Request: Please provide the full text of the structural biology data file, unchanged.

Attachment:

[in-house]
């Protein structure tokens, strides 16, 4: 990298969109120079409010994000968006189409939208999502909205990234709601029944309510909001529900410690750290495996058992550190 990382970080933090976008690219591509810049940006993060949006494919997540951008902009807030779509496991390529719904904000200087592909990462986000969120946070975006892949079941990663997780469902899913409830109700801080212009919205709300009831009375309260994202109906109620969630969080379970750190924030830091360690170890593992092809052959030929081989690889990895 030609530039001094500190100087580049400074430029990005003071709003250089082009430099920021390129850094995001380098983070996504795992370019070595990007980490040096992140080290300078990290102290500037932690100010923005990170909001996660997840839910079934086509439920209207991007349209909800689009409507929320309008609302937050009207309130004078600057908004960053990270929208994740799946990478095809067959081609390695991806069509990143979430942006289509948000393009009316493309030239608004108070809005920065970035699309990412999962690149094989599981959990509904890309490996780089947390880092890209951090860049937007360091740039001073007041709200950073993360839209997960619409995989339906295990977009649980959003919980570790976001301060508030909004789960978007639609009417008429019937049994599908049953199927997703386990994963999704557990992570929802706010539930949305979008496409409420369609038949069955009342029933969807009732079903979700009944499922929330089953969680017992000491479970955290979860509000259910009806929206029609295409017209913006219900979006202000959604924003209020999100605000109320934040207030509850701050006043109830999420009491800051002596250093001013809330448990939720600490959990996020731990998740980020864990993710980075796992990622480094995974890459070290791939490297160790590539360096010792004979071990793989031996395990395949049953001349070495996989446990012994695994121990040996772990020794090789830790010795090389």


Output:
[in-house]
């Protein structure tokens, strides 16, 4: 990298969109120079409010994000968006189409939208999502909205990234709601029944309510909001529900410690750290495996058992550190 990382970080933090976008690219591509810049940006993060949006494919997540951008902009807030779509496991390529719904904000200087592909990462986000969120946070975006892949079941990663997780469902899913409830109700801080212009919205709300009831009375309260994202109906109620969630969080379970750190924030830091360690170890593992092809052959030929081989690889990895 030609530039001094500190100087580049400074430029990005003071709003250089082009430099920021390129850094995001380098983070996504795992370019070595990007980490040096992140080290300078990290102290500037932690100010923005990170909001996660997840839910079934086509439920209207991007349209909800689009409507929320309008609302937050009207309130004078600057908004960053990270929208994740799946990478095809067959081609390695991806069509990143979430942006289509948000393009009316493309030239608004108070809005920065970035699309990412999962690149094989599981959990509904890309490996780089947390880092890209951090860049937007360091740039001073007041709200950073993360839209997960619409995989339906295990977009649980959003919980570790976001301060508030909004789960978007639609009417008429019937049994599908049953199927997703386990994963999704557990992570929802706010539930949305979008496409409420369609038949069955009342029933969807009732079903979700009944499922929330089953969680017992000491479970955290979860509000259910009806929206029609295409017209913006219900979006202000959604924003209020999100605000109320934040207030509850701050006043109830999420009491800051002596250093001013809330448990939720600490959990996020731990998740980020864990993710980075796992990622480094995974890459070290791939490297160790590539360096010792004979071990793989031996395990395949049953001349070495996989446990012994695994121990040996772990020794090789830790010795090389």